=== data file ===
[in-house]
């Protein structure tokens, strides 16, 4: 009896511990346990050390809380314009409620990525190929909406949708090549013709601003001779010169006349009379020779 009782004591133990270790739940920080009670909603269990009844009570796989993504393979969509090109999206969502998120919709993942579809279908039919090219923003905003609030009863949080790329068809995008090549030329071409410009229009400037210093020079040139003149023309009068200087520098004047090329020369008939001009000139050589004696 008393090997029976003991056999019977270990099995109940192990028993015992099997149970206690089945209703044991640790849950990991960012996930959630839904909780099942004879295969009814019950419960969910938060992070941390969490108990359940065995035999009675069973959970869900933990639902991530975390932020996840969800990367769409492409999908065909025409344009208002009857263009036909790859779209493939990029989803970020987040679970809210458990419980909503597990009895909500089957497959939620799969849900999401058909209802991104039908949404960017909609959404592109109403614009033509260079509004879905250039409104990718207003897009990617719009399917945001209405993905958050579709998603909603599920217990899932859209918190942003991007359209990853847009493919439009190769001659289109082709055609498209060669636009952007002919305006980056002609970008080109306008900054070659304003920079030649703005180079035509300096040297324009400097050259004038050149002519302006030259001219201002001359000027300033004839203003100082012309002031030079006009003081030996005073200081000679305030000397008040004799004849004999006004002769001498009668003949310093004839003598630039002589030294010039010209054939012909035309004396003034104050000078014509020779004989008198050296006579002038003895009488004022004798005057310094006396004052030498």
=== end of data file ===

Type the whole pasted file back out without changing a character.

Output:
[in-house]
């Protein structure tokens, strides 16, 4: 009896511990346990050390809380314009409620990525190929909406949708090549013709601003001779010169006349009379020779 009782004591133990270790739940920080009670909603269990009844009570796989993504393979969509090109999206969502998120919709993942579809279908039919090219923003905003609030009863949080790329068809995008090549030329071409410009229009400037210093020079040139003149023309009068200087520098004047090329020369008939001009000139050589004696 008393090997029976003991056999019977270990099995109940192990028993015992099997149970206690089945209703044991640790849950990991960012996930959630839904909780099942004879295969009814019950419960969910938060992070941390969490108990359940065995035999009675069973959970869900933990639902991530975390932020996840969800990367769409492409999908065909025409344009208002009857263009036909790859779209493939990029989803970020987040679970809210458990419980909503597990009895909500089957497959939620799969849900999401058909209802991104039908949404960017909609959404592109109403614009033509260079509004879905250039409104990718207003897009990617719009399917945001209405993905958050579709998603909603599920217990899932859209918190942003991007359209990853847009493919439009190769001659289109082709055609498209060669636009952007002919305006980056002609970008080109306008900054070659304003920079030649703005180079035509300096040297324009400097050259004038050149002519302006030259001219201002001359000027300033004839203003100082012309002031030079006009003081030996005073200081000679305030000397008040004799004849004999006004002769001498009668003949310093004839003598630039002589030294010039010209054939012909035309004396003034104050000078014509020779004989008198050296006579002038003895009488004022004798005057310094006396004052030498």